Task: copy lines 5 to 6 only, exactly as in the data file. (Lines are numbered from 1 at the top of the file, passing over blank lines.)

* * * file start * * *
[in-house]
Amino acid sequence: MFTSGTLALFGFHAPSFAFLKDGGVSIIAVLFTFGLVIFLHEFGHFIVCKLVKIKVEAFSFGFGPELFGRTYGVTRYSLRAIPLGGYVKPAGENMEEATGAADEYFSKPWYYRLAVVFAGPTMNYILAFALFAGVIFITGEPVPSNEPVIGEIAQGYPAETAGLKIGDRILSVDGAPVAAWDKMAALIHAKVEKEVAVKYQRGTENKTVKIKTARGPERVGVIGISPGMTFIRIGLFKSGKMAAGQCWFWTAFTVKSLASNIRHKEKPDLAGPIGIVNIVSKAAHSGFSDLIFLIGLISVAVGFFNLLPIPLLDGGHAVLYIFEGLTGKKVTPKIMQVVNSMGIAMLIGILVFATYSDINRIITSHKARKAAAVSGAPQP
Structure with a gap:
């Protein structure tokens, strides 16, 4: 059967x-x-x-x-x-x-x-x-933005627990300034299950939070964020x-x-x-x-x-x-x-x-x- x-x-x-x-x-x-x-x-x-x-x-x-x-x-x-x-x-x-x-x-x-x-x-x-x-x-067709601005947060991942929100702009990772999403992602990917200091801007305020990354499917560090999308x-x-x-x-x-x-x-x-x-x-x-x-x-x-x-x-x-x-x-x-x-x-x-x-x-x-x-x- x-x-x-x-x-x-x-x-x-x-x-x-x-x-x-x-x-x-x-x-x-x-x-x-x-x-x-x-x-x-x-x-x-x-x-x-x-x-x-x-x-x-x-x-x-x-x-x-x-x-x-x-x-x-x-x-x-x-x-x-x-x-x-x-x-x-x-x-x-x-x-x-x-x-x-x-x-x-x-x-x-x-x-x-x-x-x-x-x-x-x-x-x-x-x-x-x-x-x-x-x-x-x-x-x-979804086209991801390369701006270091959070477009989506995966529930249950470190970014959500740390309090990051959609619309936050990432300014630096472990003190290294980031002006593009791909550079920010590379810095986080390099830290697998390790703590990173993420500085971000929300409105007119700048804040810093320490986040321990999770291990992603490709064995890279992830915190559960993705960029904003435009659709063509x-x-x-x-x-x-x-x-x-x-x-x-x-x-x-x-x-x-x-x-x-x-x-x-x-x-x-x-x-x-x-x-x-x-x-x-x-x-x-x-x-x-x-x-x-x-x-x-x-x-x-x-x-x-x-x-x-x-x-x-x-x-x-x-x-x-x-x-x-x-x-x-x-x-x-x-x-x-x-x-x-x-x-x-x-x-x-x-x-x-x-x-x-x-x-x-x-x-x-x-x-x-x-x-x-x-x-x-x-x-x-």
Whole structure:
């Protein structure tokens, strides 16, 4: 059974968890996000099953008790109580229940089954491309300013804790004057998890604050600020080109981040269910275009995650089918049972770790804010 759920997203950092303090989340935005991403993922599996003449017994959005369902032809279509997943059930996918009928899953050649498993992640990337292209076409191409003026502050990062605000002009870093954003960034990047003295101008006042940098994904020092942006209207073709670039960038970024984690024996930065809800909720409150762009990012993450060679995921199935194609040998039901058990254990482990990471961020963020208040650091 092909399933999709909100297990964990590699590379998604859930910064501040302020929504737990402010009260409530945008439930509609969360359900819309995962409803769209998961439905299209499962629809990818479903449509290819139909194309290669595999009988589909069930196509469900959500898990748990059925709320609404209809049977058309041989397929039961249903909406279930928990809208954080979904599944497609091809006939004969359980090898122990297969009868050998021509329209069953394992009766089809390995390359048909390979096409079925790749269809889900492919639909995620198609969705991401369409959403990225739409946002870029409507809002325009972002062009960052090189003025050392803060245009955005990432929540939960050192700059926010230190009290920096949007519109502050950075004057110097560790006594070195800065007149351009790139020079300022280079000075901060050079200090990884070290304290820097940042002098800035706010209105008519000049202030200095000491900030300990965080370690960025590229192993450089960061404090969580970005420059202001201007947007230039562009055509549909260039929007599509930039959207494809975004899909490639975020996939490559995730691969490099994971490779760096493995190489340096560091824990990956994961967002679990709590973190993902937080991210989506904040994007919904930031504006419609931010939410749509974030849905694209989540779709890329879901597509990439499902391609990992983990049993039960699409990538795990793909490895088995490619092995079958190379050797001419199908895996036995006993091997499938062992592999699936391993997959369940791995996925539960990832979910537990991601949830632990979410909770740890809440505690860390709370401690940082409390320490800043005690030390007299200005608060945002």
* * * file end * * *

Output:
Whole structure:
């Protein structure tokens, strides 16, 4: 059974968890996000099953008790109580229940089954491309300013804790004057998890604050600020080109981040269910275009995650089918049972770790804010 759920997203950092303090989340935005991403993922599996003449017994959005369902032809279509997943059930996918009928899953050649498993992640990337292209076409191409003026502050990062605000002009870093954003960034990047003295101008006042940098994904020092942006209207073709670039960038970024984690024996930065809800909720409150762009990012993450060679995921199935194609040998039901058990254990482990990471961020963020208040650091 092909399933999709909100297990964990590699590379998604859930910064501040302020929504737990402010009260409530945008439930509609969360359900819309995962409803769209998961439905299209499962629809990818479903449509290819139909194309290669595999009988589909069930196509469900959500898990748990059925709320609404209809049977058309041989397929039961249903909406279930928990809208954080979904599944497609091809006939004969359980090898122990297969009868050998021509329209069953394992009766089809390995390359048909390979096409079925790749269809889900492919639909995620198609969705991401369409959403990225739409946002870029409507809002325009972002062009960052090189003025050392803060245009955005990432929540939960050192700059926010230190009290920096949007519109502050950075004057110097560790006594070195800065007149351009790139020079300022280079000075901060050079200090990884070290304290820097940042002098800035706010209105008519000049202030200095000491900030300990965080370690960025590229192993450089960061404090969580970005420059202001201007947007230039562009055509549909260039929007599509930039959207494809975004899909490639975020996939490559995730691969490099994971490779760096493995190489340096560091824990990956994961967002679990709590973190993902937080991210989506904040994007919904930031504006419609931010939410749509974030849905694209989540779709890329879901597509990439499902391609990992983990049993039960699409990538795990793909490895088995490619092995079958190379050797001419199908895996036995006993091997499938062992592999699936391993997959369940791995996925539960990832979910537990991601949830632990979410909770740890809440505690860390709370401690940082409390320490800043005690030390007299200005608060945002």